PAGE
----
I’m regularly asked – what do you think about ‘the Brexit effect’ in food and drink and what should I do about Brexit?
For the past two years I have been giving much the same answer. “It’s all up in the air - concentrate on the things that you can control, stay on top of your financial performance, set goals and monitor your progress against them.” All good advice. All things that all businesses should be doing, now and all of the time. The trouble is that all of this can feel a bit passive and, to most of the business owners that I know, doing the above just won’t excite them.
So here is the challenge. We still don’t know what is going to happen, even if there appears to be the occasional positive noise in relation to a trade deal. This uncertainty creates challenging trading conditions. It affects consumer demand, supply chain costs, currency rates, interest rates, etc etc. All this you know. This year, more than any in the past three, it feels like the biggest challenge for businesses has been sales growth. Of course there are always exceptions and I do have clients that have managed to grow their turnover but, on the whole, it has been making the sale that has proven difficult.
In uncertain times we have surprisingly predictable behaviour. Commodity traders invest in gold as a ‘safe haven’; we stop moving house; we tighten our belts and we continue to eat and drink. It's this last point that perhaps informs us of what we should be doing. We must all continue to eat and drink – that is a fact of life. So we, the South West Food and Drink industry, have a role or perhaps a duty, to make sure that it is South West food and drink that is being consumed.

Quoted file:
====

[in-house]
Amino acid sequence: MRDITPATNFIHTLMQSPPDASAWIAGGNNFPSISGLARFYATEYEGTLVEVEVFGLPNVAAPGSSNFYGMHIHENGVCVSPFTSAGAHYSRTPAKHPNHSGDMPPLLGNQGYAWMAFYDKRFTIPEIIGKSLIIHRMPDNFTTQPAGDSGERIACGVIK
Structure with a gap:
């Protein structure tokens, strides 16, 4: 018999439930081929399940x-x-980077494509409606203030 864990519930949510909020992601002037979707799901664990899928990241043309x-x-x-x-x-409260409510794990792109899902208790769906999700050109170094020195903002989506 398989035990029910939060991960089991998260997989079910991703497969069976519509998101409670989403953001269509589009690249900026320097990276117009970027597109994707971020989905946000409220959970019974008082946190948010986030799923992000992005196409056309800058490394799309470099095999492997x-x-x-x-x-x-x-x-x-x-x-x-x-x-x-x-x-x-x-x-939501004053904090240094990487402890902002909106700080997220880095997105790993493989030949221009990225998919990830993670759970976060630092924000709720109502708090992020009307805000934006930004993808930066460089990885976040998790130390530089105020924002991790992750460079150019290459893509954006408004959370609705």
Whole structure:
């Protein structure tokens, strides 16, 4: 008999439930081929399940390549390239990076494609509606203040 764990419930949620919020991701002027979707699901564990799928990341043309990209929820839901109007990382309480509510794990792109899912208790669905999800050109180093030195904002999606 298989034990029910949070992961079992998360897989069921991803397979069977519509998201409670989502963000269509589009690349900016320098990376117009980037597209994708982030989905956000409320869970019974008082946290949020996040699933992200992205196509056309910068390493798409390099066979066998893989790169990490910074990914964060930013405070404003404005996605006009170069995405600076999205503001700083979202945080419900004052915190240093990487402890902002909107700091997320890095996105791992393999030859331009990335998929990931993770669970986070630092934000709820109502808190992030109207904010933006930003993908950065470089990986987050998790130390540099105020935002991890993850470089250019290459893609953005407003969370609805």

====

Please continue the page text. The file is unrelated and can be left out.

But I don’t think that ‘Brexit uncertainty’ gives us the full picture regarding supressed consumer demand. For those ‘in the know’ there is an understanding about what West Country food and drink offers but I think we are currently underestimating the scale of the task in educating the end consumer. A 2015 LEAF survey revealed that a fifth of children didn’t know that bacon came from pigs. We can infer that a number of parents either don’t know or don’t educate their children about the food they are eating and drinking. So three years on, how much have we moved the dial? Probably not. I believe that there are those whose principles, dictate that they will buy locally sourced, locally processed produce wherever possible. There are those that will not. And then there are those in the middle – ‘the marginals’ - that can be persuaded in either direction. In tough and uncertain times they’ll seek out cheaper, mass produced products readily available from supermarkets. In better times, they’ll give more thought to the food and drink they are consuming.
So what, as an industry, should we do? Well this is the bit that I think will excite most business owners. And I think Brexit is the catalyst. Doing nothing is not an option so here is my call to action. Now, more than ever you need to be banging a big, loud, unmistakeable drum about your product, the quality of the product, its provenance, its taste, its unique flavour etc. The challenge is to convert some of the marginals into those that always seek to buy locally sourced, locally produced products and to convert some of the current ‘non – buyers’ into buyers.
The strength of the West Country food and drink market is underpinned by the quality of the product. Lets make sure that everybody knows about it!